Presentation on theme: "A Seacliff TL COS Initiative 2012 Austinmer PS,Bulli HS, Helensburgh PS, Thirroul PS, Waniora PS."— Presentation transcript:
A Seacliff TL COS Initiative 2012 Austinmer PS,Bulli HS, Helensburgh PS, Thirroul PS, Waniora PS
As described by Ross Todd: “...carefully planned, closely supervised, targeted interventions of an instructional team of TLs and classroom teachers, to guide students through curriculum based inquiry units that build deep knowledge and deep understanding and gradually lead them towards independent learning.”
Is grounded in a constructivist approach to learning based on Carol Kuhlthau’s Information Search Process. http://comminfo.rutgers.edu/~kuhlthau/recent_ presentations/iasl/iasl_notes.htm This 7 stage search process also includes thoughts and actions associated with each stage. The stages are: Initiation, Selection, Exploration, Formulation, Collection, Presentation and Assessment.
There are 10 schools within our COS, and 5 of those participated in this project – Austinmer, Bulli HS, Helensburgh, Thirroul and Waniora. Each TL and a classroom teacher were trained in GI by Jenny Scheffers from Caddies Creek PS in November last year with funding supplied from each participating school. Each school selected a class (or 3!) and a topic of their choice. The project ran over term 1 this year and we have just finished the report.
Each participating student is surveyed 3 times to gauge how they are going, in addition to some writing comments on a blog, plus a weekly journal entry. The results have been collated and students have presented their research at each school. The blog address is : http://seaclifftlcos.edublogs.org/ http://seaclifftlcos.edublogs.org/
Each school /class selected their own COGs or HSIE unit as a basis. Bulli HS chose a webquest with specific roles given to each group, using ‘Boy Overboard’ where the TL and English teacher worked together with a Yr 7 class Other topics included China (Symbol Systems), Rainforests, Antarctica, Oceans. Most conducted during their library sessions, with Thirroul taking an extra hour weekly.
Using Lee Fitzgerald’s posters of the ‘Research River’ as a basis, we adapted these to our own coastal environment, calling the process the Research Wave’. Posters were discussed and displayed from the introduction. That way, the students knew what to expect..... From a Thirroul perspective, students were asked to try a new method of research Gained their commitment from the beginning
Background info collected first From that, students were able to explore using books and internet (links were provided initially) A few students knew early on what they wanted to research and they were engaged immediately Others tended to be indecisive, which led to their frustration Once a decision is made, they became very focussed and determined
Research is guided by providing a selection of books, internet sites beforehand. Students will need to search themselves, so much guidance was provided in developing and refining search strategies Our problem was the questions students wanted the answers to were challenging to find, and when located often difficult to understand.
The framework includes developing up to 6 contributing questions which then help to answer the student’s main focus question We conducted a lesson on questioning technique and how some questions tend to ensure more deep thinking than others. Tried to ensure students asked how and why questions rather than when, what and who (although these may have been included in contributing questions.)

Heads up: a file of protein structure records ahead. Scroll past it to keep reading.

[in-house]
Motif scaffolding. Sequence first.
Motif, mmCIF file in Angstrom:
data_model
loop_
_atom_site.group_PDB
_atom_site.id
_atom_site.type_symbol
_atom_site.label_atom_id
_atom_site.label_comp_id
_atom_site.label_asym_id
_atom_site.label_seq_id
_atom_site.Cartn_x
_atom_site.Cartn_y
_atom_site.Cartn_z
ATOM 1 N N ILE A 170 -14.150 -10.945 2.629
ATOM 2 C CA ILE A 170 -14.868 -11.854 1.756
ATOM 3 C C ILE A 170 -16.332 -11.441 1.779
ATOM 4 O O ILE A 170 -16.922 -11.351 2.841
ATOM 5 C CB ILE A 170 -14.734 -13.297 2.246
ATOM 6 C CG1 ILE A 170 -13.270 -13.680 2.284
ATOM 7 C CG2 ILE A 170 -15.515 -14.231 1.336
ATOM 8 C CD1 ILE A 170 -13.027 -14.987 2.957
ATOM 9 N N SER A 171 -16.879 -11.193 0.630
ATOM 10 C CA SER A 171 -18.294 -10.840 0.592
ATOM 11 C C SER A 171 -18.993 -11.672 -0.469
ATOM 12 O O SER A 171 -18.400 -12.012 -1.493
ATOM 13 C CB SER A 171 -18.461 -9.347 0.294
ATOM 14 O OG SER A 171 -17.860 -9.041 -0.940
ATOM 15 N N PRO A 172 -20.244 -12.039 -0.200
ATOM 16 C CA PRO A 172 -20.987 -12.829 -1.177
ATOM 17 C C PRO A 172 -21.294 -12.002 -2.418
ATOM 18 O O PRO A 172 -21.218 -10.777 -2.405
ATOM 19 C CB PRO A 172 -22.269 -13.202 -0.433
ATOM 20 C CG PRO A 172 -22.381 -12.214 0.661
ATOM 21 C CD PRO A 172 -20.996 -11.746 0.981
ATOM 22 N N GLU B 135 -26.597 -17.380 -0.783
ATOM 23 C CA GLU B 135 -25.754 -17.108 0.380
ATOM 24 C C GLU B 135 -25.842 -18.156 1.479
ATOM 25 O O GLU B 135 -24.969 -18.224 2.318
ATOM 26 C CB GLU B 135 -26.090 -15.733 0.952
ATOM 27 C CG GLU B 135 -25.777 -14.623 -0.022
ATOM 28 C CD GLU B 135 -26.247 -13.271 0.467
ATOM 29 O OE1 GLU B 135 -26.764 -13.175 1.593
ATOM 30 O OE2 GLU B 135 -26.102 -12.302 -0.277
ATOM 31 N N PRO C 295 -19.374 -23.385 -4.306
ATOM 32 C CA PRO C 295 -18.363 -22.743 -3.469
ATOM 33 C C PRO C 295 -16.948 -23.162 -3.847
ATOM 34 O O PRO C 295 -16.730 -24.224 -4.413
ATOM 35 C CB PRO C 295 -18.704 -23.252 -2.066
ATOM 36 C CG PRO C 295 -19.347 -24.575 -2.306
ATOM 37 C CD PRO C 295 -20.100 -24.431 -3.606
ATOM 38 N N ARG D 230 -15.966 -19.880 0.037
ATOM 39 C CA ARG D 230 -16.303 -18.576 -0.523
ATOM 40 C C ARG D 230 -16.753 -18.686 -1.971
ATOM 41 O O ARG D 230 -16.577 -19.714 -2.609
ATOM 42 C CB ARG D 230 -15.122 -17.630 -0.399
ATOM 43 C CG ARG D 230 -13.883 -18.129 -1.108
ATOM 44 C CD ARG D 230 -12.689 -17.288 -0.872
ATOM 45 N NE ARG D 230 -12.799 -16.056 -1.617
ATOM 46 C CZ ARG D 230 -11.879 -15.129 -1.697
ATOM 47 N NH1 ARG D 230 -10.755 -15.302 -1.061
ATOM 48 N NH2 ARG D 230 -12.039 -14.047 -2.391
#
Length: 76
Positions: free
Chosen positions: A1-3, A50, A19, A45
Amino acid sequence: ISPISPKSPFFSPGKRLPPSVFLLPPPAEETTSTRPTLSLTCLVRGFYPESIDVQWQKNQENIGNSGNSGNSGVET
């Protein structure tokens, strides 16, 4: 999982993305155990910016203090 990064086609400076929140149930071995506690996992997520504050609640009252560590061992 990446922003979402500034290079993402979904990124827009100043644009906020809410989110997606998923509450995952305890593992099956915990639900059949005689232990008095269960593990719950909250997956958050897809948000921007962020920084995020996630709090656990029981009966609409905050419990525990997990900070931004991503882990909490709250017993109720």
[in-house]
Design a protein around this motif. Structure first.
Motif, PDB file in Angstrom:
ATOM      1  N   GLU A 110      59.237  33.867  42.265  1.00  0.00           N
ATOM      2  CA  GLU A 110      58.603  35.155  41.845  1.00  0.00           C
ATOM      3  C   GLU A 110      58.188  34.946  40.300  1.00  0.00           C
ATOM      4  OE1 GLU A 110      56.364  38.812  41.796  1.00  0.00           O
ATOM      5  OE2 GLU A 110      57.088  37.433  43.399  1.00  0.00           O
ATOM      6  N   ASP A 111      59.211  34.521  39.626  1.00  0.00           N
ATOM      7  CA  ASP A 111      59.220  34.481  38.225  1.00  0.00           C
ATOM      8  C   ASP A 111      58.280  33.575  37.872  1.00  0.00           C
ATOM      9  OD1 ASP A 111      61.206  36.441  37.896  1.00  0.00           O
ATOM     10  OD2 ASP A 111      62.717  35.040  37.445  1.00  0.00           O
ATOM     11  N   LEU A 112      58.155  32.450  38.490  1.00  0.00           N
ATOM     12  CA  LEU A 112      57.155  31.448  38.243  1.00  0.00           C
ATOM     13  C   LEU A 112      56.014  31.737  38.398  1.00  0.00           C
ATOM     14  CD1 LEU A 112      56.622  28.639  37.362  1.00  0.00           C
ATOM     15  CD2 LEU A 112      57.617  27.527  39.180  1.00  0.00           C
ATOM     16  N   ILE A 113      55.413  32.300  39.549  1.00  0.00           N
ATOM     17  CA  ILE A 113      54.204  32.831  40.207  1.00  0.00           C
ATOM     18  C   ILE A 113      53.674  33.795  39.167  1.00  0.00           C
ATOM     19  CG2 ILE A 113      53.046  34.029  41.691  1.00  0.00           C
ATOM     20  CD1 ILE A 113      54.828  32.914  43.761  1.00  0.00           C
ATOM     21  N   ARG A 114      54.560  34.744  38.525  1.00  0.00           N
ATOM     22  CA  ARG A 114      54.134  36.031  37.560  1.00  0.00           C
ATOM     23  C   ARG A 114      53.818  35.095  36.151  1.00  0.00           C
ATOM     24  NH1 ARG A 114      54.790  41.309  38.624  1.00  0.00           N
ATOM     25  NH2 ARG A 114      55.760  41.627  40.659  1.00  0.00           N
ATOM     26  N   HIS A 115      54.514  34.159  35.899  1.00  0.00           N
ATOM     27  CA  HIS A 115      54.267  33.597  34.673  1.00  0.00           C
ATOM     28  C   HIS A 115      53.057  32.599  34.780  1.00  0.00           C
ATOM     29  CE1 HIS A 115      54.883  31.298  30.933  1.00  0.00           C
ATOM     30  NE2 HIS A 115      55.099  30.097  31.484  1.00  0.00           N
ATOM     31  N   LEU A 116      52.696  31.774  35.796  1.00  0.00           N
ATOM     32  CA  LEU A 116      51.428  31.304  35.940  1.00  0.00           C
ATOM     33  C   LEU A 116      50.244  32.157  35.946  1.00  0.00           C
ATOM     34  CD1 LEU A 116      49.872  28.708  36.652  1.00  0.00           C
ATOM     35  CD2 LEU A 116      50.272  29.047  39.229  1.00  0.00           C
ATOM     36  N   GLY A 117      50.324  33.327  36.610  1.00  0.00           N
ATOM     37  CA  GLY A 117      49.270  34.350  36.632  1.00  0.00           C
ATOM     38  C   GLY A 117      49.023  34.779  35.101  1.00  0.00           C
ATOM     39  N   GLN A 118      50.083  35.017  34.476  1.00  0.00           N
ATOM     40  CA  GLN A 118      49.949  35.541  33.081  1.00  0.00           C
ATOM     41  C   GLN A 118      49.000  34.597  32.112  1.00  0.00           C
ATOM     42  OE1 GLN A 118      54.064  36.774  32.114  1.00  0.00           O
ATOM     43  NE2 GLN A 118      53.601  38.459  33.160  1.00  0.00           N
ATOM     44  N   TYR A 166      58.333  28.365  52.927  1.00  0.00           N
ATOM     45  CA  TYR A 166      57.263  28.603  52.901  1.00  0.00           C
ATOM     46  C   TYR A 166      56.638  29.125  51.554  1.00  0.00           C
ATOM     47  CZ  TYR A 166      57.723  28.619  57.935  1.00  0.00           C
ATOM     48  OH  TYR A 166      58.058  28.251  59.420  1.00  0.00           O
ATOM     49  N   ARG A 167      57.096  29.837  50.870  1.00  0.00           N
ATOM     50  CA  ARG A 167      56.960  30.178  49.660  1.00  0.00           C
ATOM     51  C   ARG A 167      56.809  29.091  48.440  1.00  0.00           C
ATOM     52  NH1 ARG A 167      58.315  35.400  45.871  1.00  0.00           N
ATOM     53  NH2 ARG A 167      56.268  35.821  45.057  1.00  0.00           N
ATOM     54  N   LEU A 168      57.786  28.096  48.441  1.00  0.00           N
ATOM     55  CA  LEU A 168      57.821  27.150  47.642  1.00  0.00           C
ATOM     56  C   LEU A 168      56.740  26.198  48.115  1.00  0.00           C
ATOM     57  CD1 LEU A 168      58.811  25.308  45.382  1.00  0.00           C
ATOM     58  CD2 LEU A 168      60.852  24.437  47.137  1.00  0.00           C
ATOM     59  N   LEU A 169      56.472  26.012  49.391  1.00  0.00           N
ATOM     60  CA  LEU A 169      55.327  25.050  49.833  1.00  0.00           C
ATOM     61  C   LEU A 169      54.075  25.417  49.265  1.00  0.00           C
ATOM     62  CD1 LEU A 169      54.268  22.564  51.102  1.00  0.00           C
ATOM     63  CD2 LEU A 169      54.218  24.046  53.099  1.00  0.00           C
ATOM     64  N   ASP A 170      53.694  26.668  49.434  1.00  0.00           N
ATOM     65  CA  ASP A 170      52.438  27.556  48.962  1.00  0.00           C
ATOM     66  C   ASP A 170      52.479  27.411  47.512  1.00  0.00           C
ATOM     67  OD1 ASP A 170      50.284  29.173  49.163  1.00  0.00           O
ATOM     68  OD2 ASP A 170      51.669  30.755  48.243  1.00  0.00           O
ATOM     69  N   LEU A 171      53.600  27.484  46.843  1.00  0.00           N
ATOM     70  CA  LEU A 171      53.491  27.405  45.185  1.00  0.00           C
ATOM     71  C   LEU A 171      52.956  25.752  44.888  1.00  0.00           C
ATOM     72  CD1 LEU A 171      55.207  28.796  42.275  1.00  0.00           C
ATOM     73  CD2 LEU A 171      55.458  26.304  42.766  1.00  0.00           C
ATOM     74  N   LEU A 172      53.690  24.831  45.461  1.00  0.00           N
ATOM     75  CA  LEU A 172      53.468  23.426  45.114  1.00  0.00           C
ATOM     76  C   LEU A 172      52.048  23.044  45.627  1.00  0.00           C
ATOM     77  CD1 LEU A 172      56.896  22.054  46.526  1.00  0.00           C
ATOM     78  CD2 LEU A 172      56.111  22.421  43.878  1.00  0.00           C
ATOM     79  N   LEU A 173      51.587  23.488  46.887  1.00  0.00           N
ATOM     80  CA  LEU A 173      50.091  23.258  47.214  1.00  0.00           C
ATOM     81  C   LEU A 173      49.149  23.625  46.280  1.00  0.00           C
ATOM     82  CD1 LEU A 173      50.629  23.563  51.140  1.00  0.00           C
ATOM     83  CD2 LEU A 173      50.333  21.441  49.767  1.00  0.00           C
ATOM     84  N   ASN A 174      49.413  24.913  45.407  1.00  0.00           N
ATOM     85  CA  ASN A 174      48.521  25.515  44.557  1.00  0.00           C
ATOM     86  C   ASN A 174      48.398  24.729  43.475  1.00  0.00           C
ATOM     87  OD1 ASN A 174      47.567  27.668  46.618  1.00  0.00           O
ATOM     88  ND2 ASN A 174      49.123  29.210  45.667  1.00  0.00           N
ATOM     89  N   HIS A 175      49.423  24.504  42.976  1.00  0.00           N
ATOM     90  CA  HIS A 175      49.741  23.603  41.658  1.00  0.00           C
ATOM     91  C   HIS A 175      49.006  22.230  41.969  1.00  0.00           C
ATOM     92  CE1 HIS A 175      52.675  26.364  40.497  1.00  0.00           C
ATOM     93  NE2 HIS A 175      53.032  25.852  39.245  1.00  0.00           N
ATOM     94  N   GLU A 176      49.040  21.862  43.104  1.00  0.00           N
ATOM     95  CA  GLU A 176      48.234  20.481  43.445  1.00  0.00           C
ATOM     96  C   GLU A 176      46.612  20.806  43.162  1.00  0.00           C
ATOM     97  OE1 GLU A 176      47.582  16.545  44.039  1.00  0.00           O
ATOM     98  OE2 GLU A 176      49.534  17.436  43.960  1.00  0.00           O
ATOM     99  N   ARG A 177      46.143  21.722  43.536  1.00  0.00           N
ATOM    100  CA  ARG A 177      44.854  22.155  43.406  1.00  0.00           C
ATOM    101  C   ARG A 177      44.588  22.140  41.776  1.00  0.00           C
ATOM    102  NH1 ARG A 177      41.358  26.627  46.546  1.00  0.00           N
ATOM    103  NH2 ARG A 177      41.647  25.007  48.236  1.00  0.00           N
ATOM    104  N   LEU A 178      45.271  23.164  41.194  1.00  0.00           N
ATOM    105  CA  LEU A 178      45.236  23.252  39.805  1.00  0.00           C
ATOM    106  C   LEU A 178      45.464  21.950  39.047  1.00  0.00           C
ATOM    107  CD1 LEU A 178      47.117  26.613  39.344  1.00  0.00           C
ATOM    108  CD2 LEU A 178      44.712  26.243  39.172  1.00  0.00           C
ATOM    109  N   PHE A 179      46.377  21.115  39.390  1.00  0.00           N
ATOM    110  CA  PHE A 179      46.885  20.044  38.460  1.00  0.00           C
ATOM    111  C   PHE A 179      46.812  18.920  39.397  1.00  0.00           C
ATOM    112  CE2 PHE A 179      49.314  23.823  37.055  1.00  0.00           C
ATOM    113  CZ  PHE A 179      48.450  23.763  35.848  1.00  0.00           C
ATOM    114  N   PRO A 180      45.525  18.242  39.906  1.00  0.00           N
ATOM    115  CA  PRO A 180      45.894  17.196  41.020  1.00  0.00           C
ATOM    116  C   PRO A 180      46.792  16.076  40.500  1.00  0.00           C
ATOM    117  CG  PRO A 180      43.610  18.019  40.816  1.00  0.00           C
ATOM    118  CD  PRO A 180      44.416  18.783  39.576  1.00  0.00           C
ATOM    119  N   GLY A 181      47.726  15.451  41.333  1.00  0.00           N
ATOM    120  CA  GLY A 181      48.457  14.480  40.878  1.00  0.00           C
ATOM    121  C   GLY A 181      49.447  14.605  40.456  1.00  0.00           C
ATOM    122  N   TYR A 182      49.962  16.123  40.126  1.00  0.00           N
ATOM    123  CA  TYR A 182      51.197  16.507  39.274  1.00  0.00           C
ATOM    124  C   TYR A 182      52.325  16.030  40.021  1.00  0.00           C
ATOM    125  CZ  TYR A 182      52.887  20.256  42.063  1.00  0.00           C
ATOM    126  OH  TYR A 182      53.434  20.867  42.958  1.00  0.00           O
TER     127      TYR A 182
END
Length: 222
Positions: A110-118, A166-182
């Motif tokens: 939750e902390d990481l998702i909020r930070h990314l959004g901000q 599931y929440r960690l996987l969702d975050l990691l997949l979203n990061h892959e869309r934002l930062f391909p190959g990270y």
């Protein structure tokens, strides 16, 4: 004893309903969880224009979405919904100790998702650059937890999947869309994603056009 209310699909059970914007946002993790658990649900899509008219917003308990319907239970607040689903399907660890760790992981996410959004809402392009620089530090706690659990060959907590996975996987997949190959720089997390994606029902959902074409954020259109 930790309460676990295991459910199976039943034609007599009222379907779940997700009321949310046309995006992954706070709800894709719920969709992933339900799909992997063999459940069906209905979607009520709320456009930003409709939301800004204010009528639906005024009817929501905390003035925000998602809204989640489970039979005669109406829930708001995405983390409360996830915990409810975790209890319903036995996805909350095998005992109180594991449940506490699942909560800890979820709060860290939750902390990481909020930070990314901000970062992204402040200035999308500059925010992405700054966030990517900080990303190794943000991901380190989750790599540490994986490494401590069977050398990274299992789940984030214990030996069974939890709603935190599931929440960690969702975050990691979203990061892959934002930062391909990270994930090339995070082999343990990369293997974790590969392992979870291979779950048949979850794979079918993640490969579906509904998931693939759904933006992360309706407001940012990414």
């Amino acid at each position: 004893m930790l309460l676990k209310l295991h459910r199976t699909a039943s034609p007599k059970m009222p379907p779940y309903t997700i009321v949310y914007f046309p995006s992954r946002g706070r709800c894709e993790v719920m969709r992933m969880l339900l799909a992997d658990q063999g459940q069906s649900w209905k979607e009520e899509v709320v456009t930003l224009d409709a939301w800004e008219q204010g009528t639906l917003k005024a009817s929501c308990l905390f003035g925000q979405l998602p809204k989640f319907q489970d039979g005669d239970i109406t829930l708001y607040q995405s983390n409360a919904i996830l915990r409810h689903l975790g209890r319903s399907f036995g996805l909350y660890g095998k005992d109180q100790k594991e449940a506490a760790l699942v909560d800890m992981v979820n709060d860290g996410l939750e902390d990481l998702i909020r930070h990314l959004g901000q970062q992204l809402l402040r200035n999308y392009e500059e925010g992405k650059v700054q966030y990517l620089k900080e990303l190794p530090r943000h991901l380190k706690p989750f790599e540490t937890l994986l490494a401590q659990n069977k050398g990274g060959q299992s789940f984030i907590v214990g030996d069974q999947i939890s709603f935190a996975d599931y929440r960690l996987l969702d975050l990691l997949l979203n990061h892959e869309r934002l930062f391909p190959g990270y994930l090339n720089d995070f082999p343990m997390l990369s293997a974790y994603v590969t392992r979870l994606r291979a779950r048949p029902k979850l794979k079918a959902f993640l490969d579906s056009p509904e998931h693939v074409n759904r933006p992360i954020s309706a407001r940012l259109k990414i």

At Thirroul, we stressed that a simple power point or word doc was to be used in presenting their research. This was to avoid either extra time teaching them a new tool or taking their focus away from their actual research.
Surveys were conducted asking students : What they learned What they found easy and difficult What they enjoyed What skills they learned
Overall, students enjoyed being able to select their own topic to research Being more independent and responsible for their learning Working with a partner Learning about something new
When compared to other research they had completed, they found GI more challenging The skills they learned ranged from working with prezi or photostory, searching and locating information Going deeper into research Putting the info in their own words Cooperating with their partner
They found choosing a topic one of the most difficult tasks Formulating their own questions Locating relevant info on the internet Many students found designing their presentation amongst the easiest tasks, Presenting that info to their classmates, Cooperating with their partner
We all felt we needed to conduct another GI project and would change some parts. Some TLs felt they spent too much time ‘exploring’ the topic, others realised the importance of developing questioning technique. The vast majority of students were engaged throughout and wanted to repeat the experience. Our aim is to work with a different classroom teacher each time, and perhaps conduct another project with the remaining TLs in our COS.
Helensburgh How do underwater volcanoes affect marine life? Are there good reasons to hate sharks? What are the effects of oil tankers and rigs on the environment?
Austinmer How do humans affect the wildlife of Antarctica? How do Antarctic animals survive the winter? How does global warming affect Antarctica?
Thirroul How did Chinese inventions influence the west? How did gunpowder affect China and the west? How do the lives of Chinese children differ today when compared 100 years ago? How did China change from rural to industry?
Waniora What’s so bad about deforestation? How does fungi help the trees? Big things in the rainforest and how they grow